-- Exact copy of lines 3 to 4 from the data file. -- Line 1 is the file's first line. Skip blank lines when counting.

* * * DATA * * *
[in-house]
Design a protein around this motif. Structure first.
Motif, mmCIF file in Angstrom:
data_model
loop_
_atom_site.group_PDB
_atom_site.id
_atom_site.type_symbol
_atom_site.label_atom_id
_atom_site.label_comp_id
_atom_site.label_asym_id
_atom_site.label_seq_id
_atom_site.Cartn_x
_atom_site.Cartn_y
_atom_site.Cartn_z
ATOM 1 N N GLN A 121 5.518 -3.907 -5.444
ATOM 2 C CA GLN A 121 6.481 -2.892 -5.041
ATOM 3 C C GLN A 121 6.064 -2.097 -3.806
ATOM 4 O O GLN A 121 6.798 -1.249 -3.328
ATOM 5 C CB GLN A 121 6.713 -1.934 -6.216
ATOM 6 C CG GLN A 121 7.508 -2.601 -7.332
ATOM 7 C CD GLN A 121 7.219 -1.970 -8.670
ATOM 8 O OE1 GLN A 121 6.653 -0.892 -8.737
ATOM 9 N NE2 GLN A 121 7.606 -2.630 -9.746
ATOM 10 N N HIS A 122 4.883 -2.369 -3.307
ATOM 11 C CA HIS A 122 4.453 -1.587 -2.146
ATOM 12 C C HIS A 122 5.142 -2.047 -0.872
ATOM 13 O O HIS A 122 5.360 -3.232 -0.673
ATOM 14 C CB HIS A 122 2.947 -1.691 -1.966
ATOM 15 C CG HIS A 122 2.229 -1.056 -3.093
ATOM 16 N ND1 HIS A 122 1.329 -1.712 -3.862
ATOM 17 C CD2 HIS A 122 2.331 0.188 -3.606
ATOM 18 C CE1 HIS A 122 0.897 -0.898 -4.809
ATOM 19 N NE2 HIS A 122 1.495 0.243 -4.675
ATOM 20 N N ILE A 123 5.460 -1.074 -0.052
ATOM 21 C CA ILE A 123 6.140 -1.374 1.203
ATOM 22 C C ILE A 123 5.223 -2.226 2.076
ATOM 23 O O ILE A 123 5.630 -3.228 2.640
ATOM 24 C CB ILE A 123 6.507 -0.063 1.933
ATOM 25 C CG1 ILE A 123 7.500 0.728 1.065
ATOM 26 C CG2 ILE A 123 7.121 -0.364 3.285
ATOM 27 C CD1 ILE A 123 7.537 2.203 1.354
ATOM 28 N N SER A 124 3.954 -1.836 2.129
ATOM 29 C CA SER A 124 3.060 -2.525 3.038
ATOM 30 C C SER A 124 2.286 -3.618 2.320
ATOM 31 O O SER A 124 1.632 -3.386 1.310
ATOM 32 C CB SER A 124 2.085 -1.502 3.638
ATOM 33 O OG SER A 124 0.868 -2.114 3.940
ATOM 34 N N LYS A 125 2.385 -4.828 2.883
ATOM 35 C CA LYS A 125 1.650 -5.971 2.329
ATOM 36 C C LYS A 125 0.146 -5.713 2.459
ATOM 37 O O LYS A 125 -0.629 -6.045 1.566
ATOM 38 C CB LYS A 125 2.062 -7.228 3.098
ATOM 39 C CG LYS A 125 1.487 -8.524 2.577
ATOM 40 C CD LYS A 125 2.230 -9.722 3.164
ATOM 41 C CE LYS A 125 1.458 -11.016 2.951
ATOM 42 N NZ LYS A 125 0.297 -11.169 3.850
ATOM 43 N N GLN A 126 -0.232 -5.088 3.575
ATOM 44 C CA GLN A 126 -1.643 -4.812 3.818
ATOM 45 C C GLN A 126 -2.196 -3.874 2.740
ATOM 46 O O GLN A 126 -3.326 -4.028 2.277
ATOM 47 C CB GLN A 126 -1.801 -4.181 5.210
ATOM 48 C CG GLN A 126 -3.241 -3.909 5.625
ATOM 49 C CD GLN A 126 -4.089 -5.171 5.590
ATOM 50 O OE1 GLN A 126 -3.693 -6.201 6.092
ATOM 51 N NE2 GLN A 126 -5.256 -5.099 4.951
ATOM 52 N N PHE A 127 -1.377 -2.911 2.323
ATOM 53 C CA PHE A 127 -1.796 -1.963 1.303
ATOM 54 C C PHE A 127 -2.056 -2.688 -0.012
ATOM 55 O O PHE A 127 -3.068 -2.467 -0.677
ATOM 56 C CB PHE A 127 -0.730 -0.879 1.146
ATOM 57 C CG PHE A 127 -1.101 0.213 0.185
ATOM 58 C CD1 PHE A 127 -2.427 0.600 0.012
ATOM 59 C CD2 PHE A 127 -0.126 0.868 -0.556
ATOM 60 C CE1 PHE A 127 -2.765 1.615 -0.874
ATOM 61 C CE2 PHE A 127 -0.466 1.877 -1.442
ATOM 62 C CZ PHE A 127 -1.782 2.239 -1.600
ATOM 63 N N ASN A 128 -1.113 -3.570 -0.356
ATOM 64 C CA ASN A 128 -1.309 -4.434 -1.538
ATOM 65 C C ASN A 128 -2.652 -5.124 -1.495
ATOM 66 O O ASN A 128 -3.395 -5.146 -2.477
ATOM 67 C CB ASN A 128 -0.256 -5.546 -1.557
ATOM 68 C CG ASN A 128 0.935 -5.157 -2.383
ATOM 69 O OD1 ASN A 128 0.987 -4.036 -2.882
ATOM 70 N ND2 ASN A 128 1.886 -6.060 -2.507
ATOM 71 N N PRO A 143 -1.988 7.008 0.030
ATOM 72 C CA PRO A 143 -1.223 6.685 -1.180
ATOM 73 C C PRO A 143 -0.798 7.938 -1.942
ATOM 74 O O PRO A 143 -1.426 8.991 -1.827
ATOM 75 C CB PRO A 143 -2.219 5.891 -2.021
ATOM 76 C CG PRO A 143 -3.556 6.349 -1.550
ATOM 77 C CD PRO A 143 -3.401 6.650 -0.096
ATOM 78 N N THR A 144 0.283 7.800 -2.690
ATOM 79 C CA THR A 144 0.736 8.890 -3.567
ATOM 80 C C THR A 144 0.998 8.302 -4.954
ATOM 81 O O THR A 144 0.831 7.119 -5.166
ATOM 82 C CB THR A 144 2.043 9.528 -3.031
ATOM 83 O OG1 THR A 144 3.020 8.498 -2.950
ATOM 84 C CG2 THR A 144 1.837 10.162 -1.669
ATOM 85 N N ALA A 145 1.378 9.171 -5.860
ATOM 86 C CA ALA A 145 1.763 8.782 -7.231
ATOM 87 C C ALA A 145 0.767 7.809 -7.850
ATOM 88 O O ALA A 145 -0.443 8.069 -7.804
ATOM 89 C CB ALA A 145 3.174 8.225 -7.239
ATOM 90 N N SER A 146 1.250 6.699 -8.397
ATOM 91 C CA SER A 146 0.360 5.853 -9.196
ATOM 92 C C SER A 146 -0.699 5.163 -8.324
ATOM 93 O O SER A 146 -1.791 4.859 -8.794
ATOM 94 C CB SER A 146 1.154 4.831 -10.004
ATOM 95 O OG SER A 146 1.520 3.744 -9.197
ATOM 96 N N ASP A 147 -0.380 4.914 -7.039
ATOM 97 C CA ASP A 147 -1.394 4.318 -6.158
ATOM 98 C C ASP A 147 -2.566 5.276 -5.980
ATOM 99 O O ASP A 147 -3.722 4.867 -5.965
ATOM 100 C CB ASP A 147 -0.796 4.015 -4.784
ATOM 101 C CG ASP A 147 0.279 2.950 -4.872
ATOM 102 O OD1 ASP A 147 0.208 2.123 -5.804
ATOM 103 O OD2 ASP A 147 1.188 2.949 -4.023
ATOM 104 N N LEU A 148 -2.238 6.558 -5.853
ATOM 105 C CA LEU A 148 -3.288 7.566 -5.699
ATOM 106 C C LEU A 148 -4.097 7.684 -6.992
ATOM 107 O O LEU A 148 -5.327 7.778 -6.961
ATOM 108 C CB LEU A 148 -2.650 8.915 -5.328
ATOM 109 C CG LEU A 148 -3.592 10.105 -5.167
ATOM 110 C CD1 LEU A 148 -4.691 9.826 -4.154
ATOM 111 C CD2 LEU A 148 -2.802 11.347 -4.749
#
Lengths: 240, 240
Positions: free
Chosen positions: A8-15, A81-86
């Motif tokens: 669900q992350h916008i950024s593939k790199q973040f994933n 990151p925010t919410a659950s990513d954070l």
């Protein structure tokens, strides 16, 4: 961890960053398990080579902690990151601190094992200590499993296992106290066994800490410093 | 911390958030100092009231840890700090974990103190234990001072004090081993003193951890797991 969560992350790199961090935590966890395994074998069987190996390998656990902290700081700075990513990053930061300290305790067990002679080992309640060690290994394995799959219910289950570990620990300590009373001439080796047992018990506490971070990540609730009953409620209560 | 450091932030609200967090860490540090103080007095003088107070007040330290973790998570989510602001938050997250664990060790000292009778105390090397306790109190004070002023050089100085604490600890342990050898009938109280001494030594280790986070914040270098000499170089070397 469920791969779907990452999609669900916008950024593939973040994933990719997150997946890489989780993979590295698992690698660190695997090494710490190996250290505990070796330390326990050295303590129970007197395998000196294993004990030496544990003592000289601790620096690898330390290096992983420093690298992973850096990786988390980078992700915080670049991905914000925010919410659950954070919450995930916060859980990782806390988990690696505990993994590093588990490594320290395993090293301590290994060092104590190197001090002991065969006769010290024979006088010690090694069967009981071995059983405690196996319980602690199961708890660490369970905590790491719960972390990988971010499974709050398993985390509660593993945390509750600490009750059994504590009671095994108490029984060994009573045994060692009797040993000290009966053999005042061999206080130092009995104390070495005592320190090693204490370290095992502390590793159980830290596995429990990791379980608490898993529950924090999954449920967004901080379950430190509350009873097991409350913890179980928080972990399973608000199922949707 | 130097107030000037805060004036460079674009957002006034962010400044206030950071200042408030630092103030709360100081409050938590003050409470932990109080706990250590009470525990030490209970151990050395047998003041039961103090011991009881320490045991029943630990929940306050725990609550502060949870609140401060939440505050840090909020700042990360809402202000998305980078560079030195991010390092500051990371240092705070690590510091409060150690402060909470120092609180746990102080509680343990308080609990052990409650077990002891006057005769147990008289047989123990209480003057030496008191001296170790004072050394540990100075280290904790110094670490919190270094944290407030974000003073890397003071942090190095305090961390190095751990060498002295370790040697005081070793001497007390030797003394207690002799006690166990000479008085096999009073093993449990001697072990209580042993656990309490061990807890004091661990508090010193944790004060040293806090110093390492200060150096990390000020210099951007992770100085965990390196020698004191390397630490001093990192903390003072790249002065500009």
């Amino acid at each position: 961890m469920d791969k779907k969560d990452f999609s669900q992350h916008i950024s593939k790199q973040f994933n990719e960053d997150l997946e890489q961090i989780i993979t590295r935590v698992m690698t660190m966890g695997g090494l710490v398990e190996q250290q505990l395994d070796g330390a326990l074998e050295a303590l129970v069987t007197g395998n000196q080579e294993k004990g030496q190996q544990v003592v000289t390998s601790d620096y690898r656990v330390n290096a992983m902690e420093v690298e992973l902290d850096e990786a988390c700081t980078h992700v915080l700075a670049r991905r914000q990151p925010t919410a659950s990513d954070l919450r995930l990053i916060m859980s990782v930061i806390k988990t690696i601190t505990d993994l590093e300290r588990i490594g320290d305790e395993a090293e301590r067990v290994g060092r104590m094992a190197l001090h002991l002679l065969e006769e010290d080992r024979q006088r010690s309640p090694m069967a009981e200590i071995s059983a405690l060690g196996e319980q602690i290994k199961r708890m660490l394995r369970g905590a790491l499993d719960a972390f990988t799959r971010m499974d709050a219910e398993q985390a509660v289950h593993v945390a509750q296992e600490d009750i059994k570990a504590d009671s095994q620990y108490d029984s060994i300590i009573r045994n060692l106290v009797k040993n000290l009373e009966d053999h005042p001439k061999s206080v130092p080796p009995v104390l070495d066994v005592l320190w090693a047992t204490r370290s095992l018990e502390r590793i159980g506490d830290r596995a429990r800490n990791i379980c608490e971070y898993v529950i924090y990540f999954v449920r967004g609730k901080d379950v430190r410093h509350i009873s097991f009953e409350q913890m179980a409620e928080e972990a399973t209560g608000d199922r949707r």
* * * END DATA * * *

Motif, mmCIF file in Angstrom:
data_model